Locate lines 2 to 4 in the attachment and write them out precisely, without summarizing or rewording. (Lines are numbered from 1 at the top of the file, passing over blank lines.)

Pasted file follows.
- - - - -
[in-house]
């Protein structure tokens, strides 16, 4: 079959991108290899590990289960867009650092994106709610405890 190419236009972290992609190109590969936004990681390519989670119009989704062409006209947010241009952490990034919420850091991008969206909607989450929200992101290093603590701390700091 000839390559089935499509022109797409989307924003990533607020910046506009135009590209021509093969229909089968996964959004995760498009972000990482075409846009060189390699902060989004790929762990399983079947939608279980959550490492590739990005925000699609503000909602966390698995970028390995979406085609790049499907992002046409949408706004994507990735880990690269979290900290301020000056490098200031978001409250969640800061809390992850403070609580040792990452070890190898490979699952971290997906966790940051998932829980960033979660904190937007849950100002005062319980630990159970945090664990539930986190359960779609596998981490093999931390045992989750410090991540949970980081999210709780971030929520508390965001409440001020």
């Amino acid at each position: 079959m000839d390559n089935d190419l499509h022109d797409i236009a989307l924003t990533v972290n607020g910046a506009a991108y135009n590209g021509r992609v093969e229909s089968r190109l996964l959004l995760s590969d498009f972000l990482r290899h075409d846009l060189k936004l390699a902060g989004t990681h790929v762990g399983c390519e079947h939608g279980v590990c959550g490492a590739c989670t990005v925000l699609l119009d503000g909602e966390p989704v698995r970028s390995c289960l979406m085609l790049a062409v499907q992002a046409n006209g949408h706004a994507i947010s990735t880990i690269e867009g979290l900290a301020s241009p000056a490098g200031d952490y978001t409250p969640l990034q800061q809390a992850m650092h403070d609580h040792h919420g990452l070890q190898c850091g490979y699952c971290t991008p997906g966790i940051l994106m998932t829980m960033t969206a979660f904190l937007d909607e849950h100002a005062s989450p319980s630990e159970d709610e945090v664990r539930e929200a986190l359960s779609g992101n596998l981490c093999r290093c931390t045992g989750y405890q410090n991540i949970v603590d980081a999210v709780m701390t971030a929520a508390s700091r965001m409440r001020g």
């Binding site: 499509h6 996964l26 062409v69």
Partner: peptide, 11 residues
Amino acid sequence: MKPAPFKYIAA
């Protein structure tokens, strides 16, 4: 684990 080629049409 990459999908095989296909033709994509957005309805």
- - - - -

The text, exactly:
């Protein structure tokens, strides 16, 4: 079959991108290899590990289960867009650092994106709610405890 190419236009972290992609190109590969936004990681390519989670119009989704062409006209947010241009952490990034919420850091991008969206909607989450929200992101290093603590701390700091 000839390559089935499509022109797409989307924003990533607020910046506009135009590209021509093969229909089968996964959004995760498009972000990482075409846009060189390699902060989004790929762990399983079947939608279980959550490492590739990005925000699609503000909602966390698995970028390995979406085609790049499907992002046409949408706004994507990735880990690269979290900290301020000056490098200031978001409250969640800061809390992850403070609580040792990452070890190898490979699952971290997906966790940051998932829980960033979660904190937007849950100002005062319980630990159970945090664990539930986190359960779609596998981490093999931390045992989750410090991540949970980081999210709780971030929520508390965001409440001020």
């Amino acid at each position: 079959m000839d390559n089935d190419l499509h022109d797409i236009a989307l924003t990533v972290n607020g910046a506009a991108y135009n590209g021509r992609v093969e229909s089968r190109l996964l959004l995760s590969d498009f972000l990482r290899h075409d846009l060189k936004l390699a902060g989004t990681h790929v762990g399983c390519e079947h939608g279980v590990c959550g490492a590739c989670t990005v925000l699609l119009d503000g909602e966390p989704v698995r970028s390995c289960l979406m085609l790049a062409v499907q992002a046409n006209g949408h706004a994507i947010s990735t880990i690269e867009g979290l900290a301020s241009p000056a490098g200031d952490y978001t409250p969640l990034q800061q809390a992850m650092h403070d609580h040792h919420g990452l070890q190898c850091g490979y699952c971290t991008p997906g966790i940051l994106m998932t829980m960033t969206a979660f904190l937007d909607e849950h100002a005062s989450p319980s630990e159970d709610e945090v664990r539930e929200a986190l359960s779609g992101n596998l981490c093999r290093c931390t045992g989750y405890q410090n991540i949970v603590d980081a999210v709780m701390t971030a929520a508390s700091r965001m409440r001020g």
């Binding site: 499509h6 996964l26 062409v69």